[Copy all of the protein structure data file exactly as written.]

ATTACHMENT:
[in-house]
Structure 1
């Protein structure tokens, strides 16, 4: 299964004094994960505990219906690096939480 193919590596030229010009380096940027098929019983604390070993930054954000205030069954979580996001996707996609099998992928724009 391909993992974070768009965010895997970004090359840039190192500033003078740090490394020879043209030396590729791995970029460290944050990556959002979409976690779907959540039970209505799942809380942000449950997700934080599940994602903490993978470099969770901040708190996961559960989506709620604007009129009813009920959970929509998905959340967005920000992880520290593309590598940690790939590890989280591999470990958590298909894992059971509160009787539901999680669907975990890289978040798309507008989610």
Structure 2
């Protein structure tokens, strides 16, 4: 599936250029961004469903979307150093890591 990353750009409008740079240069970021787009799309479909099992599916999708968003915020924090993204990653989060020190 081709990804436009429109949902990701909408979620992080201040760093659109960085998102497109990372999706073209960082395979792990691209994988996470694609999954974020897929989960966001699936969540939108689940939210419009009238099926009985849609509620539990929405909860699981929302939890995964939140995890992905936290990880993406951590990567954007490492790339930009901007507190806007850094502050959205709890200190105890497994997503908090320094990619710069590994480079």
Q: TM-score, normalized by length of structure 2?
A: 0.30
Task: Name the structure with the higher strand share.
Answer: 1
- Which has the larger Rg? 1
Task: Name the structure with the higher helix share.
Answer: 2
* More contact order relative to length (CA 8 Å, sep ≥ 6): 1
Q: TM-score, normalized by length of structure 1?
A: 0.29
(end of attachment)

[in-house]
Structure 1
């Protein structure tokens, strides 16, 4: 299964004094994960505990219906690096939480 193919590596030229010009380096940027098929019983604390070993930054954000205030069954979580996001996707996609099998992928724009 391909993992974070768009965010895997970004090359840039190192500033003078740090490394020879043209030396590729791995970029460290944050990556959002979409976690779907959540039970209505799942809380942000449950997700934080599940994602903490993978470099969770901040708190996961559960989506709620604007009129009813009920959970929509998905959340967005920000992880520290593309590598940690790939590890989280591999470990958590298909894992059971509160009787539901999680669907975990890289978040798309507008989610």
Structure 2
């Protein structure tokens, strides 16, 4: 599936250029961004469903979307150093890591 990353750009409008740079240069970021787009799309479909099992599916999708968003915020924090993204990653989060020190 081709990804436009429109949902990701909408979620992080201040760093659109960085998102497109990372999706073209960082395979792990691209994988996470694609999954974020897929989960966001699936969540939108689940939210419009009238099926009985849609509620539990929405909860699981929302939890995964939140995890992905936290990880993406951590990567954007490492790339930009901007507190806007850094502050959205709890200190105890497994997503908090320094990619710069590994480079």
Q: TM-score, normalized by length of structure 2?
A: 0.30
Task: Name the structure with the higher strand share.
Answer: 1
- Which has the larger Rg? 1
Task: Name the structure with the higher helix share.
Answer: 2
* More contact order relative to length (CA 8 Å, sep ≥ 6): 1
Q: TM-score, normalized by length of structure 1?
A: 0.29